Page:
Spatial Analysis of Single Fiber Cells of the Developing Ocular Lens Reveals Regulated Heterogeneity of Gene Expression
44 Pages Posted: 18 Jan 2019 Sneak Peek Status: PublishedMore...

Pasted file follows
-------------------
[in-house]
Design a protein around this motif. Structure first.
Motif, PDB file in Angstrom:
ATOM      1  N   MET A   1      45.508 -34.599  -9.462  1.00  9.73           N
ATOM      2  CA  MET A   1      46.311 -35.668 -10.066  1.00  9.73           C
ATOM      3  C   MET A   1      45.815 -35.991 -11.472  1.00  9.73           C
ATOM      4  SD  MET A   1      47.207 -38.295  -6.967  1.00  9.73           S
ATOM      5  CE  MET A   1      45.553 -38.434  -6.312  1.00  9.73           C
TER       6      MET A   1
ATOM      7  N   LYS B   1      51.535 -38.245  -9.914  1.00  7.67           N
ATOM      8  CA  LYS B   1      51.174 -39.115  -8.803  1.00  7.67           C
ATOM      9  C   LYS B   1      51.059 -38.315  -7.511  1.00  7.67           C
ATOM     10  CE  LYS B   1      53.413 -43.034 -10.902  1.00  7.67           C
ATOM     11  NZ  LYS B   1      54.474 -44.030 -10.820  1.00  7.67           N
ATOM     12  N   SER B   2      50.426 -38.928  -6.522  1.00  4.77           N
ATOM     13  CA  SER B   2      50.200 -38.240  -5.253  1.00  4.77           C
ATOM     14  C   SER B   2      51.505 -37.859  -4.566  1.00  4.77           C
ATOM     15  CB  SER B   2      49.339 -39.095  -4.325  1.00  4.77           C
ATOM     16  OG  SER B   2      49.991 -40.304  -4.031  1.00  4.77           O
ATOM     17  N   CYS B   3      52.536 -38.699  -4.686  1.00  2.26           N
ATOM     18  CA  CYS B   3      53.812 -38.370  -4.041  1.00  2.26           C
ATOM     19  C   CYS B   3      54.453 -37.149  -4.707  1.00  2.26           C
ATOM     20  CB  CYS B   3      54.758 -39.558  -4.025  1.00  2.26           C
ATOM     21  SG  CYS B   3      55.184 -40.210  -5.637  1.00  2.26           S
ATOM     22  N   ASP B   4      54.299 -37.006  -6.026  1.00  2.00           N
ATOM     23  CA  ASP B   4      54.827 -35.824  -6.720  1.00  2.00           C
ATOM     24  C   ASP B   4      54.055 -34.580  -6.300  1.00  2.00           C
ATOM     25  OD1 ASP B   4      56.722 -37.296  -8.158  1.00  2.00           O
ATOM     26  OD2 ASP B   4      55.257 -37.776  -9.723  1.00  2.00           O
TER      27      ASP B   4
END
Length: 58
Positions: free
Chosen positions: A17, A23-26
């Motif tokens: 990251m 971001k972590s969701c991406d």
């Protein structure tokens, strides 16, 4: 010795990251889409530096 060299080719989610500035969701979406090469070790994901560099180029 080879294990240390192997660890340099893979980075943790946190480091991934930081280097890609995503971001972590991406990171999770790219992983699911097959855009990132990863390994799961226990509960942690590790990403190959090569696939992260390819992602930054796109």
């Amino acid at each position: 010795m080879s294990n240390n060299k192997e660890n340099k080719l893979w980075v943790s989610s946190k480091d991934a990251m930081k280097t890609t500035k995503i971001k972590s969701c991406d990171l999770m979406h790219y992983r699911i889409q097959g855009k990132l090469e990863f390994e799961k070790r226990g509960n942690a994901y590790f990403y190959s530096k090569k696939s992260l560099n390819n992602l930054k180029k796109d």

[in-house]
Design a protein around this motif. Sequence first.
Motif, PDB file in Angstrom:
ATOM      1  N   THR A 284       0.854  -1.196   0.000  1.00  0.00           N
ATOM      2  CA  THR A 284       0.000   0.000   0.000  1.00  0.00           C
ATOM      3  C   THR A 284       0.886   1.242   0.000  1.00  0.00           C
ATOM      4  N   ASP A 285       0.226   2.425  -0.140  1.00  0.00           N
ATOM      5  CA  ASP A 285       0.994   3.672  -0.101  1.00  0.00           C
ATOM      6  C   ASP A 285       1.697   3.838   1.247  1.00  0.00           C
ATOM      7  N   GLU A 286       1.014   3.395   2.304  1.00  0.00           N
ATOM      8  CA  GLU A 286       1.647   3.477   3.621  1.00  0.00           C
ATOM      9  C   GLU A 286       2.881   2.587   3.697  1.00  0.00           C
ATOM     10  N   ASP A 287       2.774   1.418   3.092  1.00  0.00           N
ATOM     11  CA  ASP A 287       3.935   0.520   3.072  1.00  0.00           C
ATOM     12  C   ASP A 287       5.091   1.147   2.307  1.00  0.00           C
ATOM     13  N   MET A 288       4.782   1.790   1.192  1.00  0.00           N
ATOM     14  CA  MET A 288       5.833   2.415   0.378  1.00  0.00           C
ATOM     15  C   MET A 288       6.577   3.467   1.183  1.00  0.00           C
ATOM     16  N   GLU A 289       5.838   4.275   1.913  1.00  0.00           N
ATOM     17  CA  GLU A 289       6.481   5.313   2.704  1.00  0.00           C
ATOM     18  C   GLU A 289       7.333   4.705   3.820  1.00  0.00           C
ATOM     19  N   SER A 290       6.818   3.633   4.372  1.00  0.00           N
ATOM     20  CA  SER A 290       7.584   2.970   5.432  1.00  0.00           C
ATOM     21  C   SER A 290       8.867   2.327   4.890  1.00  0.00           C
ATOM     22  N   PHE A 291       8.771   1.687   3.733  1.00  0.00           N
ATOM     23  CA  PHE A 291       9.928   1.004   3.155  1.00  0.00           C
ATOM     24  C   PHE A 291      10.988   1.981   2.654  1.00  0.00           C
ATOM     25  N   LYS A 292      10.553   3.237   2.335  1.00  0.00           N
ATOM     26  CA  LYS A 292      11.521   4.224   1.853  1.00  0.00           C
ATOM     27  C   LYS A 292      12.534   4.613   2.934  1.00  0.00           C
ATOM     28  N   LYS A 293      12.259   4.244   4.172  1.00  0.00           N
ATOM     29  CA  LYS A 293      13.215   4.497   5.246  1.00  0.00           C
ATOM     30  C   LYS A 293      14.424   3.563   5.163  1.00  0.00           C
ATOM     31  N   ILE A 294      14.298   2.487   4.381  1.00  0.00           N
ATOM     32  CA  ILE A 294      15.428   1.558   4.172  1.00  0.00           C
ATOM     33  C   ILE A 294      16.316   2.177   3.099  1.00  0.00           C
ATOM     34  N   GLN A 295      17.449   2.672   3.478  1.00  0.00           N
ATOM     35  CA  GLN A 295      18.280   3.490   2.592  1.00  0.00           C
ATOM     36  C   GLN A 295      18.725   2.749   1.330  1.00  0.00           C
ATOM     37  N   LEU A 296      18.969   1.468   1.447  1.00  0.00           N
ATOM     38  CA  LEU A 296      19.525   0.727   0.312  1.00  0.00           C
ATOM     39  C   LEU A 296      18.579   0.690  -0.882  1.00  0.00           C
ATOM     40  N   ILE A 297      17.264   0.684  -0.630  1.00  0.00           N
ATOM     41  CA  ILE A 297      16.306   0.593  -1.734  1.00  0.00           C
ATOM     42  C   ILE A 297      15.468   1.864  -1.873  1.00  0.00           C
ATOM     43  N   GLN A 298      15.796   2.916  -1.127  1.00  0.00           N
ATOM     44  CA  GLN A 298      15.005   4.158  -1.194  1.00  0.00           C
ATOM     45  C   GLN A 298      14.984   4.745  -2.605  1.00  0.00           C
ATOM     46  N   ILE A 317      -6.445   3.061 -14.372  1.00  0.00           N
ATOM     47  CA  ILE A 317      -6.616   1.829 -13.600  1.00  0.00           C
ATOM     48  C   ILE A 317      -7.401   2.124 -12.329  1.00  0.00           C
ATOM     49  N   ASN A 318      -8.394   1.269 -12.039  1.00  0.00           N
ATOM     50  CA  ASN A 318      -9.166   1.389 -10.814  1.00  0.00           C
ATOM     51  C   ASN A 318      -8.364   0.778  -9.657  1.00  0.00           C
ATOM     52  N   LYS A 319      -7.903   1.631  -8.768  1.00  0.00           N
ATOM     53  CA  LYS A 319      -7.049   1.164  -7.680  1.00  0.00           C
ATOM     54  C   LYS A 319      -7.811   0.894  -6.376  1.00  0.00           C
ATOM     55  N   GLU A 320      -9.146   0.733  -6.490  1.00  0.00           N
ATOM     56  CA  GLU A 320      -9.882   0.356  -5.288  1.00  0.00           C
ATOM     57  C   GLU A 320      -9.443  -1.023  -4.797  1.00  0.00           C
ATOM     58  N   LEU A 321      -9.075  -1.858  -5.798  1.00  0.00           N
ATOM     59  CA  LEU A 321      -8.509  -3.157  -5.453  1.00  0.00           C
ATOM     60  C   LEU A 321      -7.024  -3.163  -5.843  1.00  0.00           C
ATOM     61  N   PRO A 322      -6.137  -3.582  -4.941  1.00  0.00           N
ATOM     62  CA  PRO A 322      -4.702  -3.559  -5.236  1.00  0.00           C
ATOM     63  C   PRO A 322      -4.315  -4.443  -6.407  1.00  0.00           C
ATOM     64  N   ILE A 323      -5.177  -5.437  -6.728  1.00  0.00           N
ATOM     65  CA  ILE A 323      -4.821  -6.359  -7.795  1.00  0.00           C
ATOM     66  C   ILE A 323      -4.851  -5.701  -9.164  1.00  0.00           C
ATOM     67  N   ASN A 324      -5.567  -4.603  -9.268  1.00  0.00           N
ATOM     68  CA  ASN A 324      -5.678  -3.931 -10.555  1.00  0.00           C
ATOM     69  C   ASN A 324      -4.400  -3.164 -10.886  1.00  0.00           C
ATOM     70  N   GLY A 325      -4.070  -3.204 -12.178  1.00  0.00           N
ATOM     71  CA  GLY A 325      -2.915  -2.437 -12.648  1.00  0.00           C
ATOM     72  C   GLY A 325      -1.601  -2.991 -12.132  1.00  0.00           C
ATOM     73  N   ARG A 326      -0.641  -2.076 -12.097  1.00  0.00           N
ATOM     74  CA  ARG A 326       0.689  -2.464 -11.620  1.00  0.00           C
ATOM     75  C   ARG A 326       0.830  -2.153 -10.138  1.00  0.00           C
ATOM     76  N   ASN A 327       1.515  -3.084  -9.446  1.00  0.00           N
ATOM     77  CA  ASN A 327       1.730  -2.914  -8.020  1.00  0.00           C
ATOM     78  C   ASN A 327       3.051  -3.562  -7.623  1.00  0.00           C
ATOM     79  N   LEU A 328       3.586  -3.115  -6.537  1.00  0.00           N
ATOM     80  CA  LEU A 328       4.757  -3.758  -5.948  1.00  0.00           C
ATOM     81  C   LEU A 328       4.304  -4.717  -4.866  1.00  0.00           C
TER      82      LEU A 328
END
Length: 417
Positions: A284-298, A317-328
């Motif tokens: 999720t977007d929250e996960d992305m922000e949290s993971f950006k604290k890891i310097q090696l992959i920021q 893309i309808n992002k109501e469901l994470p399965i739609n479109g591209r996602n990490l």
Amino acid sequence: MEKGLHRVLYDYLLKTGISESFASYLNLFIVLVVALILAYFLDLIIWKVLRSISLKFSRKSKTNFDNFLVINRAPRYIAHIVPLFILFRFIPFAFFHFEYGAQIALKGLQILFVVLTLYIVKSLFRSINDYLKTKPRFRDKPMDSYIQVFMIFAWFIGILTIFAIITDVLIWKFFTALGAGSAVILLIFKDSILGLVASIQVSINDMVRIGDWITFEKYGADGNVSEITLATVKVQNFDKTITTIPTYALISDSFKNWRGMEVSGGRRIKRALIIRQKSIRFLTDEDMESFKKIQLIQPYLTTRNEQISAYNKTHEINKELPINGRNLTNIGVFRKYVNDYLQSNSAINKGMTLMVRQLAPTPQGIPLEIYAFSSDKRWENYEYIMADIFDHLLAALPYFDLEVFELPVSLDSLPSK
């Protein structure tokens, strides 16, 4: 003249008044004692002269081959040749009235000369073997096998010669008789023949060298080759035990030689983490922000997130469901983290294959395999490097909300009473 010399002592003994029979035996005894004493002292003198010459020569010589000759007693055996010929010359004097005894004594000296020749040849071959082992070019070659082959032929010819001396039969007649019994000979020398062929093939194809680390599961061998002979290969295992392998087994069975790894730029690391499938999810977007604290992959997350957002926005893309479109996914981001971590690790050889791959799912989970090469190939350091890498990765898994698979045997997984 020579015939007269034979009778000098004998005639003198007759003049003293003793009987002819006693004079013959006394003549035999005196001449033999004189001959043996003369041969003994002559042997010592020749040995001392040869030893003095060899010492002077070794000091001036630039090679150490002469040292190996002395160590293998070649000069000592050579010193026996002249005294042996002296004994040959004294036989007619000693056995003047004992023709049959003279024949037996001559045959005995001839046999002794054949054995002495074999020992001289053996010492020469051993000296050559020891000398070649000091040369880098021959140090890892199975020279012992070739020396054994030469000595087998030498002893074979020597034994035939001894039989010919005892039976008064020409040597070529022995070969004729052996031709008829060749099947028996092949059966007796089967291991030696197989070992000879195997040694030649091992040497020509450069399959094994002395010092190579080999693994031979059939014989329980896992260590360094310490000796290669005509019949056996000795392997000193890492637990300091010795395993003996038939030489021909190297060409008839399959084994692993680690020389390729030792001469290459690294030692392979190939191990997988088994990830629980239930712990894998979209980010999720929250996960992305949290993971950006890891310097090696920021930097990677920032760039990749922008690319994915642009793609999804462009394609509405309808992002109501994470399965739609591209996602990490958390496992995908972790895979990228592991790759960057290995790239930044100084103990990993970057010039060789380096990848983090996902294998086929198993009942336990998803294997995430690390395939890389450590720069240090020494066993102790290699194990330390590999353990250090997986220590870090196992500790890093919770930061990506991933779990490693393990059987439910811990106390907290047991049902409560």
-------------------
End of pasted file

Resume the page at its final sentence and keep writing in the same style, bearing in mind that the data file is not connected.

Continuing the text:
The developing eye lens presents an exceptional paradigm for spatial transcriptomics. It is composed of highly organized long, slender transparent fiber cells, which differentiate from the edges of the anterior epithelium of the lens (equator), attended by high expression of crystallins, which generate transparency. Every fiber cell, therefore, is an optical unit whose refractive properties derive from its gene activity. Here, we probe this tangible relationship between the gene activity and the phenotype by studying the expression of all known 17 crystallins and 77 other non-crystallin genes in single fiber cells isolated from three states/regions of differentiation allowing us to follow the progression of differentiation at the single cell level. The data demonstrates highly variable gene activity, in cortical fibers, interposed between the nascent and the terminally differentiated fiber-cell transcription. This data suggests that the so-called “Stochastic”, highly heterogeneous gene activity is a regulated intermediate in the progression towards the realization of a functional phenotype.
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